Today is the third anniversary of the Upper Big Branch mine disaster that killed 29 coal workers in West Virginia. That tragedy resonates with many of us still. Here’s Cecil Roberts, president of the United Mine Workers of America, talking about the mine disaster at a NYSUT Representative Assembly barely one month later. What resonates so particularly with me today is when he talks about the letters the miners wrote to their loved ones. That part starts at about 6:30 in the tape below.
In these days of tweets and emails, letters hold deeper meaning. NYSUT members from across the state have been writing thousands of letters. Of course, it’s a different scale; I’m not drawing comparisons to someone dying in a horrific explosion with the testing travesty being foisted upon New York state’s students right now.
If you haven’t read it yet, please take a moment to read this blog post from “TeacherMomNY.” And you can read more in this blog post from the Rochester Democrat and Chronicle.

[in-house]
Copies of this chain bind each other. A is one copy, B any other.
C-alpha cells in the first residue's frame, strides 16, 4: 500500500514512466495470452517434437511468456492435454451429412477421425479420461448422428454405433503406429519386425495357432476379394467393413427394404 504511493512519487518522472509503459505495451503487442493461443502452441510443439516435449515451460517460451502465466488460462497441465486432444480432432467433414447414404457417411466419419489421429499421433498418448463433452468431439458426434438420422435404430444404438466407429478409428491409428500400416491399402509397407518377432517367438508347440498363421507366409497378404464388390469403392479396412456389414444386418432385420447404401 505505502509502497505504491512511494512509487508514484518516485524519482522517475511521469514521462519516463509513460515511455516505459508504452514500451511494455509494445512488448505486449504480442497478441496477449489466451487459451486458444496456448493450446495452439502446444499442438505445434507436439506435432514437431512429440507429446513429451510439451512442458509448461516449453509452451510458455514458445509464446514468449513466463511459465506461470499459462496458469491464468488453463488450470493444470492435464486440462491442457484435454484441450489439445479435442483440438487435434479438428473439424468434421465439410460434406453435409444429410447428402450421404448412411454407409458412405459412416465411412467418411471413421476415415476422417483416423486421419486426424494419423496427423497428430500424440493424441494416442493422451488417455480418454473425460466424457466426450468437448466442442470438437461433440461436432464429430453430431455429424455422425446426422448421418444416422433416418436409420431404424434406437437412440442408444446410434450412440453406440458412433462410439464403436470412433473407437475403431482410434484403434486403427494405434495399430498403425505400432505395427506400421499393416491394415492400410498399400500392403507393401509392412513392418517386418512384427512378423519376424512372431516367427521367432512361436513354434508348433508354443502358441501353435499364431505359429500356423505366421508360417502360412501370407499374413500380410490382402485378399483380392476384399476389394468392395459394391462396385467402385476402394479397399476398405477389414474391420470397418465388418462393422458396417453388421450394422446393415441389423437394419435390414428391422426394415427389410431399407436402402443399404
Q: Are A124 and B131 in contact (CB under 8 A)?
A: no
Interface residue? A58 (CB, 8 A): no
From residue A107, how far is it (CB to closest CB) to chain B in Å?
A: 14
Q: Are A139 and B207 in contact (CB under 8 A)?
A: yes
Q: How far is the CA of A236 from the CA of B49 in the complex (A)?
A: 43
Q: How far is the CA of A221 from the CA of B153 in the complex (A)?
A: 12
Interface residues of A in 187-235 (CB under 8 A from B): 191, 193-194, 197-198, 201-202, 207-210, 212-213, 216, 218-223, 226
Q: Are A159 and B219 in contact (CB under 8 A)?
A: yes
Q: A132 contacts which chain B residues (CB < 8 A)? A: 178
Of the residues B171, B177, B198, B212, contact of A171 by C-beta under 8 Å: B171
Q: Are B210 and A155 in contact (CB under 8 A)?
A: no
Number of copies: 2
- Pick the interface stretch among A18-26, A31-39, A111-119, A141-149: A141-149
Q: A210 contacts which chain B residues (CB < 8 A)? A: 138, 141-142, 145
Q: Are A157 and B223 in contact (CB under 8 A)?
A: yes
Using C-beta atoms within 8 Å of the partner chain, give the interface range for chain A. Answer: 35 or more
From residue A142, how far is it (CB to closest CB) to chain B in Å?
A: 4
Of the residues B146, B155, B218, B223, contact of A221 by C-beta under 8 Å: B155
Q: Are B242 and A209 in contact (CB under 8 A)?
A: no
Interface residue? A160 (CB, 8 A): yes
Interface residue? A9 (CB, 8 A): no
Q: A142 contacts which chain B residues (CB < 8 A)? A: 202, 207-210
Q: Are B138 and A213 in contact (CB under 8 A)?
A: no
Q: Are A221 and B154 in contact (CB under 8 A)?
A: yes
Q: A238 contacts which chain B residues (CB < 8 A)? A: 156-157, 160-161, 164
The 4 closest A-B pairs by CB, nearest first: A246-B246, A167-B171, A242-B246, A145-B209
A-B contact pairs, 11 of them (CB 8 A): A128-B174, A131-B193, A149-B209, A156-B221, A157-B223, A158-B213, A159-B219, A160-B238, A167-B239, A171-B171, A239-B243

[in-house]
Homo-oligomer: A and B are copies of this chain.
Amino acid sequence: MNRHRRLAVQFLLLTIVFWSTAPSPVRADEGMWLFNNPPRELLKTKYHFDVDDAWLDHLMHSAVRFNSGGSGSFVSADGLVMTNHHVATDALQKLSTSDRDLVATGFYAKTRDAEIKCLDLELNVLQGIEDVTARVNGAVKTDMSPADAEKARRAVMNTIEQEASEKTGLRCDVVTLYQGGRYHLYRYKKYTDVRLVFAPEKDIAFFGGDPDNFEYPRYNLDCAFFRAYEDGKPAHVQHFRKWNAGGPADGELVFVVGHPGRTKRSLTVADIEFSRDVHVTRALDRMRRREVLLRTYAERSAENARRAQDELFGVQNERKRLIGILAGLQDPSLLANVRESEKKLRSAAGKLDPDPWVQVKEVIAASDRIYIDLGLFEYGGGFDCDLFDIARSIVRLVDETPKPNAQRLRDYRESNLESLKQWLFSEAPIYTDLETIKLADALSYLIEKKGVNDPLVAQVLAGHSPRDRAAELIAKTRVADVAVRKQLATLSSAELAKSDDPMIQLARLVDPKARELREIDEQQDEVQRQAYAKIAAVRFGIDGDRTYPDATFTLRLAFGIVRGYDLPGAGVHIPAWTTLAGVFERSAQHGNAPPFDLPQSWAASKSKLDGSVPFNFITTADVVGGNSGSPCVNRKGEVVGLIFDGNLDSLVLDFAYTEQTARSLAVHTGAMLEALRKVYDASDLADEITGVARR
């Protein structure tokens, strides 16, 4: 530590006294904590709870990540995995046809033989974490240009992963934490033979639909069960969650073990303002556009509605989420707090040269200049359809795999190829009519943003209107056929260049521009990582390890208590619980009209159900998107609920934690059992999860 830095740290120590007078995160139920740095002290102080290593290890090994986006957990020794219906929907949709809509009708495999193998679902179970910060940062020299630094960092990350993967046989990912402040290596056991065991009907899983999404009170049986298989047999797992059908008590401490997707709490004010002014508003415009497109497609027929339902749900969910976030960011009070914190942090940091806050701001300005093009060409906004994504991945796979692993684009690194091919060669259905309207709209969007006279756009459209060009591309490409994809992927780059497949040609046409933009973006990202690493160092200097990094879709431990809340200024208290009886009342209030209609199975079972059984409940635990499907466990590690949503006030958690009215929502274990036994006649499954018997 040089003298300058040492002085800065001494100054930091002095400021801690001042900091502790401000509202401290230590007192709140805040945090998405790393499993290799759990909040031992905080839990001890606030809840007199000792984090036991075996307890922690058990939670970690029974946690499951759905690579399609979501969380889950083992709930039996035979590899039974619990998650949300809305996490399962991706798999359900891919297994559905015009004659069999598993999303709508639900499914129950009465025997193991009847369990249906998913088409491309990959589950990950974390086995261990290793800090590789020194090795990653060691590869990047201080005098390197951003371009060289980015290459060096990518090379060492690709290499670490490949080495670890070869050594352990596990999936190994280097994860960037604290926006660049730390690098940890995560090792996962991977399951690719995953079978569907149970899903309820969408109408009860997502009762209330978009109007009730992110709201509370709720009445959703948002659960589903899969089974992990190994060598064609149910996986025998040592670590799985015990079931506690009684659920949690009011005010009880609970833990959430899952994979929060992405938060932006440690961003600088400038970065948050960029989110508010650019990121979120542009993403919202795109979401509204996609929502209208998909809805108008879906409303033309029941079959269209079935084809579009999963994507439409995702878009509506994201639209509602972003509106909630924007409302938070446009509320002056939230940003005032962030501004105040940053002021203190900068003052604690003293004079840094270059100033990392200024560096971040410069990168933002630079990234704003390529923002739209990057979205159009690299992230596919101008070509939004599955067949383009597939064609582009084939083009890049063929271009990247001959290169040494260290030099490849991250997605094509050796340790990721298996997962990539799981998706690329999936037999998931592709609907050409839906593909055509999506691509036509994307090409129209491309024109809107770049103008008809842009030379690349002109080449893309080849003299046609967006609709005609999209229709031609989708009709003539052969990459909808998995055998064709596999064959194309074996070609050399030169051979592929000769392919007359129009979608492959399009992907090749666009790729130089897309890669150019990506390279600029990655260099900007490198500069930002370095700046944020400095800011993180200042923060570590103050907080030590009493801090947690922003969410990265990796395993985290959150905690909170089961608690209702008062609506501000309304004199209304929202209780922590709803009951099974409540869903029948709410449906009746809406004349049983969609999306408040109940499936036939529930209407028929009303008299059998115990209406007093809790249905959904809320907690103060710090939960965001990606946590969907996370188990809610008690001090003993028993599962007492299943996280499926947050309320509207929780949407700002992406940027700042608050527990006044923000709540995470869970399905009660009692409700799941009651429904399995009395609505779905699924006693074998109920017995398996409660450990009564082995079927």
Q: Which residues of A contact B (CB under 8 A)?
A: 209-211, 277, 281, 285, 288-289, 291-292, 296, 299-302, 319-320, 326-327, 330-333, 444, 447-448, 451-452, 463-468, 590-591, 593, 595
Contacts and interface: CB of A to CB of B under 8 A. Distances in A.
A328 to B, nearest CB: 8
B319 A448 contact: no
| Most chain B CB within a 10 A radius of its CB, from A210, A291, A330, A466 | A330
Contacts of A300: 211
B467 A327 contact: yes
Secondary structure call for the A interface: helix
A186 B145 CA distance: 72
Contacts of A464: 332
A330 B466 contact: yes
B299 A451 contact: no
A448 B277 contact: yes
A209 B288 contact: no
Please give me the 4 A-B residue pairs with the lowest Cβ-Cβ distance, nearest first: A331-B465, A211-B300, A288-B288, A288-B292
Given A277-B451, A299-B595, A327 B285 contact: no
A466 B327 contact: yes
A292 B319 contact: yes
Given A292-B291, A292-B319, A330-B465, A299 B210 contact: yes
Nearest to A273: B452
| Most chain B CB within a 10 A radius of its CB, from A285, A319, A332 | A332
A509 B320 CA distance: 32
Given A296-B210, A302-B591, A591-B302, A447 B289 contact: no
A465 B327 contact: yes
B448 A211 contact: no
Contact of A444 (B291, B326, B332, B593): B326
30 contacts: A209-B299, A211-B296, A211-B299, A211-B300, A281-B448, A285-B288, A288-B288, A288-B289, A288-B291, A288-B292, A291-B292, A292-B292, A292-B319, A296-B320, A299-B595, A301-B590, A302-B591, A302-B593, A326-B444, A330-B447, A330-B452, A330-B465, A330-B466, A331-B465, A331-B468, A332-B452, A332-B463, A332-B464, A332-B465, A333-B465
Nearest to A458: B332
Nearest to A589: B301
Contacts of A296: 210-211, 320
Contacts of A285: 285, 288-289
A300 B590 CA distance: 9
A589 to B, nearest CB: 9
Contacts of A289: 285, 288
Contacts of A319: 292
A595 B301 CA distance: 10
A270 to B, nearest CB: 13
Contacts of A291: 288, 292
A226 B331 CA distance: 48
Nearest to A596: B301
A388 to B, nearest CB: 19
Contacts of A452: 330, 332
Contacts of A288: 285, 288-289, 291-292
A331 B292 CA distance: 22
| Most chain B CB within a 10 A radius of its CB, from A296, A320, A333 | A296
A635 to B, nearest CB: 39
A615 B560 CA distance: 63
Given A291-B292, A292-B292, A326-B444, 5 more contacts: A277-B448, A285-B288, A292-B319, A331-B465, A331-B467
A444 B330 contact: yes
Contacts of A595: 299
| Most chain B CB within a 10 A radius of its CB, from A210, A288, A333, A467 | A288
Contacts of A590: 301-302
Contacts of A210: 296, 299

The State Education Department has an answer to all this.
Education department spokesman Dennis Tompkins said in a statement yesterday that teachers have been preparing for the new tests for years.
“In December 2010, the Board of Regents announced that the state would begin testing students on the rigorous Common Core standards beginning this year. We are now three years into a statewide effort to provide teachers with the professional development and other supports they need to make the transition to the Common Core,” Tompkins said.
“It’s hard to understand how some can claim that they are being caught unprepared for the change. It’s equally difficult to understand why anyone would suggest that the change is happening too quickly for teachers and students, when the exact opposite is true.”
It’s clear the State Education Department is not listening to your letters.
Cecil Roberts is still fighting hard. Here’s a link to coverage when he and other labor leaders were arrested earlier this week. “TeacherMomNY” is still fighting hard, vowing in this post that, even though she is tired, she is not too tired.
It’s these voices to which Tompkins should be listening.
Meanwhile, if you need a pep rally, here’s the second part of Roberts’ speech. He talks about how getting laws passed has helped protect workers. Sounds like a rallying cry to me.